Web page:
"The order we impose on nature is never more than temporary or illusory. In the end the logic of nature will win out over the logic of capitalism, the logic of the factory, the logic of efficiency. It's always been so, and it always will be so. Nature is stronger than any of our designs, and nature resists our control."
(This is the first in a series of posts honoring the work of those who are changing the way we see, grow, acquire, or otherwise encounter food in today's world. May their seeds grow with the vigor of all living things.)

Rainy Day, Dream Away

Today brought one of those fall rains that just settles in your bones. While many of the still brightly colored leaves fell to the ground prematurely, they created a blanket sure to provide quite an early morning scene, so long as the sun re-appears as is the forecast.
I had hoped to continue work on our recently acquired hoop house, but a rain soaked ladder is never a good place to be. There was a brief midday reprieve, long enough to clean up the strawberry patch in preparation for winter mulching, but then the rain returned.
Having worked in the landscaping field since 1995, I am all too accustomed to "forced holidays," though I am usually able to find something worthwhile to do outside upon returning home. On this day it was raining too hard, however, and I gave in and took refuge in the house.
Upon drying out, I was able to make some overdue phone calls. Most exciting among these was a call to Stark Bros. Nursery, located in Louisiana, MO, between St. Louis and Hannibal. They have been in business since moving from Kentucky in 1816, and have introduced into production a number of world famous varieties of fruits, including both the red and golden delicious apple. I ordered three varieties of apple trees, two var. of Asian pears, and three var. of grapes. They should arrive mid-November.
There is also garlic that recently arrived from my good friend Nate near Urbana.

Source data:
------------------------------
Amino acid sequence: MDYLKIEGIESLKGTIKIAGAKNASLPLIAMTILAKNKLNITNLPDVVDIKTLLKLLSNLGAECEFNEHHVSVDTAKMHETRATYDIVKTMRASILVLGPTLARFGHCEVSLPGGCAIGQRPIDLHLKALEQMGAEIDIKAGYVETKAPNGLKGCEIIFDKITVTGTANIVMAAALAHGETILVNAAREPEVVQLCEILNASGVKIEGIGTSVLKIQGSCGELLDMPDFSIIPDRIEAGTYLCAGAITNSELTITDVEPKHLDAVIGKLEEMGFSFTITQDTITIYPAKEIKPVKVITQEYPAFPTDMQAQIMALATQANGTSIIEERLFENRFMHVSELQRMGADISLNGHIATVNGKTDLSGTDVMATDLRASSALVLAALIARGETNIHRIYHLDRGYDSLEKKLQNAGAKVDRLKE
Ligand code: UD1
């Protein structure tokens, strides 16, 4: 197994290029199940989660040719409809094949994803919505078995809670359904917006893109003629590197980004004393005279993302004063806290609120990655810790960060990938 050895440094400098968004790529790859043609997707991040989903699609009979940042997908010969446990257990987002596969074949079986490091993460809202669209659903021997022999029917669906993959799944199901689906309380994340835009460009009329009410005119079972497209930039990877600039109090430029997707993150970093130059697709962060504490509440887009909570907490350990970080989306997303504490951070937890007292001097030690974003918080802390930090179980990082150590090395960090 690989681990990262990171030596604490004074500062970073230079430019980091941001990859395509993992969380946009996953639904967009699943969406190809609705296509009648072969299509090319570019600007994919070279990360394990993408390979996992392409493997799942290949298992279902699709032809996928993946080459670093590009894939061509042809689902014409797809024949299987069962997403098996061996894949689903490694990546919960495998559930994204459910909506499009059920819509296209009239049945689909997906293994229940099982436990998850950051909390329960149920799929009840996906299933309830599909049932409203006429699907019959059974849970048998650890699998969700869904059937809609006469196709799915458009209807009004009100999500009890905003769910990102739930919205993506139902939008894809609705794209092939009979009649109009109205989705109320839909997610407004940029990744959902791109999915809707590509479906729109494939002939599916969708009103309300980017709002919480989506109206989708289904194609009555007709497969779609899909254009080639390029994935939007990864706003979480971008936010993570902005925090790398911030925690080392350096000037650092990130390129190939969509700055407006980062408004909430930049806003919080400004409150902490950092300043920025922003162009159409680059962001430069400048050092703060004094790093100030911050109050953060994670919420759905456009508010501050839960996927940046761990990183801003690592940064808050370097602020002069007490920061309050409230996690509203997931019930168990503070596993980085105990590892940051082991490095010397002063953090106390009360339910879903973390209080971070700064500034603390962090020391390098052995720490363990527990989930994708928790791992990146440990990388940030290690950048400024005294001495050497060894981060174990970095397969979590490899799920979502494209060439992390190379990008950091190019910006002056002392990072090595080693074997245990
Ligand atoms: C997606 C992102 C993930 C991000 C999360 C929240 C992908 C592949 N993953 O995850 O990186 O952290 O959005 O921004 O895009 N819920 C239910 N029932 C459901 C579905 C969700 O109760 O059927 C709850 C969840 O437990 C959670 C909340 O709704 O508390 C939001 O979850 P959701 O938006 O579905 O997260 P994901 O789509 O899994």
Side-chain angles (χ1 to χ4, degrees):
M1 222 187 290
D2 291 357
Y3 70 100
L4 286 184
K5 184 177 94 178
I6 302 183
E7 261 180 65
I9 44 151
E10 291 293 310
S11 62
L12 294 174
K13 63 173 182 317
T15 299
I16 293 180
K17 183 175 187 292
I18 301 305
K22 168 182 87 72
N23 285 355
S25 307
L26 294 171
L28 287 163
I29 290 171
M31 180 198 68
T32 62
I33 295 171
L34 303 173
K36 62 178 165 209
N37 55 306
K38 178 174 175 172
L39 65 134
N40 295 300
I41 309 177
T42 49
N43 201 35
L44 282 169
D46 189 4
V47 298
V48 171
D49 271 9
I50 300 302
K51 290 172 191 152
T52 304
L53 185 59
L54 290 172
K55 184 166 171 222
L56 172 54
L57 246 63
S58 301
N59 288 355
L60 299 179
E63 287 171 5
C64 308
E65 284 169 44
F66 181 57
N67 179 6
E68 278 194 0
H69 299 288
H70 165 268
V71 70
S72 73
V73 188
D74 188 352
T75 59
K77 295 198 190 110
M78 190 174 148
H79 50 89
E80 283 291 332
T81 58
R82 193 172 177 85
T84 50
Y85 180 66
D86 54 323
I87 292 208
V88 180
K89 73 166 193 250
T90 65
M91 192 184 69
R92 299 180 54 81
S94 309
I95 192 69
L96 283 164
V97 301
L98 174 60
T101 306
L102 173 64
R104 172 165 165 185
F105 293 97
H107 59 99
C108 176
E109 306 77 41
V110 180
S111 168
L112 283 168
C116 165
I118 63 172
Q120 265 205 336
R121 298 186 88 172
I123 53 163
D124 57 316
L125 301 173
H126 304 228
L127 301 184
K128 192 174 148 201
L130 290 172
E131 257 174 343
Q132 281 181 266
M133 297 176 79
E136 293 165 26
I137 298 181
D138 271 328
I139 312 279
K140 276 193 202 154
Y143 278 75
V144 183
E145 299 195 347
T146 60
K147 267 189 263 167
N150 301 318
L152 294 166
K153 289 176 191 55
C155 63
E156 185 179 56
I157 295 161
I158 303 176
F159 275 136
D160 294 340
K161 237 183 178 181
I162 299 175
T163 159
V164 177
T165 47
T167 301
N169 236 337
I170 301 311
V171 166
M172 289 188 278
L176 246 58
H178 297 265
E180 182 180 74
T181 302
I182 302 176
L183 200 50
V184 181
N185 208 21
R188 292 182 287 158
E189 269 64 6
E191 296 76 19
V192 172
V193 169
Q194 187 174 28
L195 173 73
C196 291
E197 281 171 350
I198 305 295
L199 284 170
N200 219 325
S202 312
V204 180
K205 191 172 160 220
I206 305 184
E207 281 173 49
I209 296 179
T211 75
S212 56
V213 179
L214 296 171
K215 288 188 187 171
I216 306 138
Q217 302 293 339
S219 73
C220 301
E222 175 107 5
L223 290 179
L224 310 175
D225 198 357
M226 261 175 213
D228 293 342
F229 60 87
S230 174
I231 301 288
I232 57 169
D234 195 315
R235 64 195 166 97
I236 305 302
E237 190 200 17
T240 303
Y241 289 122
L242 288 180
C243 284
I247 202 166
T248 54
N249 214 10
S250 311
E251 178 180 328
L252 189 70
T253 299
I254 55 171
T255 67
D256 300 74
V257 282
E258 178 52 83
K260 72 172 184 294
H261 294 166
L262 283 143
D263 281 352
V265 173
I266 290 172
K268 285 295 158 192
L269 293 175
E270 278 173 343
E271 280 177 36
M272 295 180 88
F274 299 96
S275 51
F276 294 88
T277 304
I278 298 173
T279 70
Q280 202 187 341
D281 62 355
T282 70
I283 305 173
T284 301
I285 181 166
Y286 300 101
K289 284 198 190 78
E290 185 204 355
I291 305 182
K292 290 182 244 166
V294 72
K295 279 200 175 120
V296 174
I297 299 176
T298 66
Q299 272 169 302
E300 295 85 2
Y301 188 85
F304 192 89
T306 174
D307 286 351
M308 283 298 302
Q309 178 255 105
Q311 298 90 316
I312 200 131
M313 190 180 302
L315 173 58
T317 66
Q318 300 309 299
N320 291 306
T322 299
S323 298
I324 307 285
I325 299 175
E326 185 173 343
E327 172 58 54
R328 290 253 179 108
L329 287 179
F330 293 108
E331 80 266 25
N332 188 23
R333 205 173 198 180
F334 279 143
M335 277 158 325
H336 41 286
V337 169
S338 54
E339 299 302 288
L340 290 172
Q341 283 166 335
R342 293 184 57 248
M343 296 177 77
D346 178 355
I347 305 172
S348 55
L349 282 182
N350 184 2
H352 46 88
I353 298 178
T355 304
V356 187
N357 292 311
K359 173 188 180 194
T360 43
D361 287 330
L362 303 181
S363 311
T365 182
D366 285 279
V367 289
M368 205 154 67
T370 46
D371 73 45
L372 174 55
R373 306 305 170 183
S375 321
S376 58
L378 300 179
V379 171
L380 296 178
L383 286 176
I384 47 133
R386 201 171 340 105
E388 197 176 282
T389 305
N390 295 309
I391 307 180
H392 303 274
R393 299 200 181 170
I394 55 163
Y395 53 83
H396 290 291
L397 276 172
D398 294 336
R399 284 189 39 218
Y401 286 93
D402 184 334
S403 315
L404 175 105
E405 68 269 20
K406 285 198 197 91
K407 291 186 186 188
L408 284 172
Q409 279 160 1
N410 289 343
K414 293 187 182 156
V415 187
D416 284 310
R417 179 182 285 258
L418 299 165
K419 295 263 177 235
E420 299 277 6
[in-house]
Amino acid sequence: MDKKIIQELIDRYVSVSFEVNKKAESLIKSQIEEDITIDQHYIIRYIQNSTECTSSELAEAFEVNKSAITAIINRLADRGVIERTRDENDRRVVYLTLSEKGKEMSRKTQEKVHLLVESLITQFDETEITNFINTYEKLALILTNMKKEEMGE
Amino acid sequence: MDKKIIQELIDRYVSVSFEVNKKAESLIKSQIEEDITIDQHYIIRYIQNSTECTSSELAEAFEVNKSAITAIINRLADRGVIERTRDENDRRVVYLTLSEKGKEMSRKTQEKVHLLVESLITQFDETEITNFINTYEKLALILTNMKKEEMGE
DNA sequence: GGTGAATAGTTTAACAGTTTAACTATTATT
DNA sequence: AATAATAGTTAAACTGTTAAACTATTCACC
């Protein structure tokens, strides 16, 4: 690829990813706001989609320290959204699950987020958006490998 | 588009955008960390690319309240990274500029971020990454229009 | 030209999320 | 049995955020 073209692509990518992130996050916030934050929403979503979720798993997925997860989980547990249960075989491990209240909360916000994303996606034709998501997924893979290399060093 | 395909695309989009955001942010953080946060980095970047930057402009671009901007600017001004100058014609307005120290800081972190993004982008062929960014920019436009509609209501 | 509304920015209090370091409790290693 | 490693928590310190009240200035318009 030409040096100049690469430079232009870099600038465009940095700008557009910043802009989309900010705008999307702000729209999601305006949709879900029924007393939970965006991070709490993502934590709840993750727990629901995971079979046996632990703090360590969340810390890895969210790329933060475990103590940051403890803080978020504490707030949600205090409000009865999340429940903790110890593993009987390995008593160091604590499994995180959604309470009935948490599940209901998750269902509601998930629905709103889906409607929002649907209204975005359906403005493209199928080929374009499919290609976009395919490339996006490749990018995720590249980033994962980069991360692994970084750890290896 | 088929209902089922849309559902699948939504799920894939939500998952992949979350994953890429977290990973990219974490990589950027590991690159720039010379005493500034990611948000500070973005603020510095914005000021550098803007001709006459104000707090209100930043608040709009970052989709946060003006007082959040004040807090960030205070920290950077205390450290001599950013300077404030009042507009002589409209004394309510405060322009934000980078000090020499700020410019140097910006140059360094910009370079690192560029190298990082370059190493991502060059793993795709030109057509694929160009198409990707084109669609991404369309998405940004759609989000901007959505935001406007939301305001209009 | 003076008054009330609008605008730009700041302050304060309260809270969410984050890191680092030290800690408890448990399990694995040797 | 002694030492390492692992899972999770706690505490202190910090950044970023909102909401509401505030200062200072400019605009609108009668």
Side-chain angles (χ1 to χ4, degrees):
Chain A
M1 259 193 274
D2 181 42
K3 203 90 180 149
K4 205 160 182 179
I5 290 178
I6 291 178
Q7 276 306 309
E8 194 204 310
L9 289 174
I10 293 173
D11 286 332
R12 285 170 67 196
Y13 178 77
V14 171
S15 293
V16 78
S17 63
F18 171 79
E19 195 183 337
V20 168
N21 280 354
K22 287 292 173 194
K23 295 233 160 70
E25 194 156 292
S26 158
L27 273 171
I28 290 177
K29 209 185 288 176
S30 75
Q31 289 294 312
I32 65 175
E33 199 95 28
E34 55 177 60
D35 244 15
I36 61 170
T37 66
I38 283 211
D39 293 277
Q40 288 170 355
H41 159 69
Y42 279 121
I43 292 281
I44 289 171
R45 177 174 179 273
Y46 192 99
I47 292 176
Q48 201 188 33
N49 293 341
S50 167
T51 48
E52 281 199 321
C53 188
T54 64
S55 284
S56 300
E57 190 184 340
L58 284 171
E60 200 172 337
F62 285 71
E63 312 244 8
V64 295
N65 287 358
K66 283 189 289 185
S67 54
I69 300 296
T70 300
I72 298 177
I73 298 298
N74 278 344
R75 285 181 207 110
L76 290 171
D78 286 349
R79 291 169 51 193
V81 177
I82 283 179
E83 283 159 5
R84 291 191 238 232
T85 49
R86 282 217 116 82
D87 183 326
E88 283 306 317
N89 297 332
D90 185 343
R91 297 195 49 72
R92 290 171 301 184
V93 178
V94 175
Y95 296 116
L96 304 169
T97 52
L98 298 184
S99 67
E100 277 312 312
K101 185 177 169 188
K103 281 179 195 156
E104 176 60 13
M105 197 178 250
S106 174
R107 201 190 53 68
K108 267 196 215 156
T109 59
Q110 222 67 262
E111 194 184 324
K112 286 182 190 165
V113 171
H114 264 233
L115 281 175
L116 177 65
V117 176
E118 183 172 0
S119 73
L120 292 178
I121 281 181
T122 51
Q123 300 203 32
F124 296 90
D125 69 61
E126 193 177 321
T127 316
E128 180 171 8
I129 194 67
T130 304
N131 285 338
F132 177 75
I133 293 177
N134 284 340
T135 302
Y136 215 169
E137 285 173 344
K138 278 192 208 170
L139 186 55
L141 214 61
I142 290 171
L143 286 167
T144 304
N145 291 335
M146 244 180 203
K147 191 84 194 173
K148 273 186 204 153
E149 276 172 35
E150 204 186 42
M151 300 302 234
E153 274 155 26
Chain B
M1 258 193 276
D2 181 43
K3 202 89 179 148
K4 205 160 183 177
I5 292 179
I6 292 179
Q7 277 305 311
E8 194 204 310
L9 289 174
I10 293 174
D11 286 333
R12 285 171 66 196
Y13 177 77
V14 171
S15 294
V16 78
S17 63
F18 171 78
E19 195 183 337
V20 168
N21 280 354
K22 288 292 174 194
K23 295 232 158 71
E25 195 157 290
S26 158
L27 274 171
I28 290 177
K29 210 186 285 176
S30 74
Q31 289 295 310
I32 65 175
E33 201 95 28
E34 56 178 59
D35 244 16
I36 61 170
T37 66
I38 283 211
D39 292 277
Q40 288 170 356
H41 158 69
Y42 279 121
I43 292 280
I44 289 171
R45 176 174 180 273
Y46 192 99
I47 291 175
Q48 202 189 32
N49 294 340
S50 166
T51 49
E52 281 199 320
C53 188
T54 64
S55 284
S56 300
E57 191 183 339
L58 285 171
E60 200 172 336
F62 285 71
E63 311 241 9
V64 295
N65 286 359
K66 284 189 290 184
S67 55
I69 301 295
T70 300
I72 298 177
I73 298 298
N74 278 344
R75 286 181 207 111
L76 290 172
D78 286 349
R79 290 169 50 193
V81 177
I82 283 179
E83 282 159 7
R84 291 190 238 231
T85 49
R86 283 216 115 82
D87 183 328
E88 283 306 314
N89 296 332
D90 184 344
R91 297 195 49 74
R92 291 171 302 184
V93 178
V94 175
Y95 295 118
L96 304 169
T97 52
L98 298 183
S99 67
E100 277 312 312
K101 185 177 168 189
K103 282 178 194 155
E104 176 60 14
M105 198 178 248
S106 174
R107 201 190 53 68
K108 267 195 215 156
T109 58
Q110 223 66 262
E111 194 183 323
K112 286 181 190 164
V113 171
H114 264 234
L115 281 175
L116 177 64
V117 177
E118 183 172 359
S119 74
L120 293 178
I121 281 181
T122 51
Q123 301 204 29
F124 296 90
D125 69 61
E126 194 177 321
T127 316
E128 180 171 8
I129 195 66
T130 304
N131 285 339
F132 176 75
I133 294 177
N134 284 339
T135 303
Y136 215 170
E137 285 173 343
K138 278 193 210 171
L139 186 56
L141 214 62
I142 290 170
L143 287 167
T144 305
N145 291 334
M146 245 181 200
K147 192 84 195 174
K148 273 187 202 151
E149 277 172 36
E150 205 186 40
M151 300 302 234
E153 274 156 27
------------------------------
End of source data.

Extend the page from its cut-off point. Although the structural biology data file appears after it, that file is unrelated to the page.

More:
And the additional blueberry bushes I purchased last week from Anna Nursery, a local wholesaler of hundreds of varieties of native and rare trees and shrubs for the landscape industry since 1925.
I have a lot of friends in need of a home. I can only hope that there are drier days to come.

Welcome To The Jungle

Welcome to our blog, dedicated to life at Frontwards Farm in Makanda, IL.
As our motto implies, we believe in a timeless approach to life, in general and on the farm. While we are confronted on a daily basis with ideas, systems, and tools that attempt to make life exponentially easier and more efficient, we must remain grounded in the trials of generations past, as well as our own. These experiences are agents of change and growth.

And though we may have at our disposal the ability to change the very blueprint of what we eventually eat (not to mention the mechanisms that bring it to our table) so that it fits within the parameters of our modern lives, we must ask if the pace of this change fits within the realm of nature itself.

Here we celebrate, communicate, navigate, and propagate a localized, sustainable approach to slow food, one that lies in the world beyond organic regulations and diesel stations, where our food comes from fields, not factories.

Over the coming days and weeks, we will add multiple posts with background info about us and our endeavors. As the new year approaches, we will transition towards updates regarding preparation for the 2010 season, sure to be an exciting one here on the farm.

Your insight, inquiries, and insults are always welcome.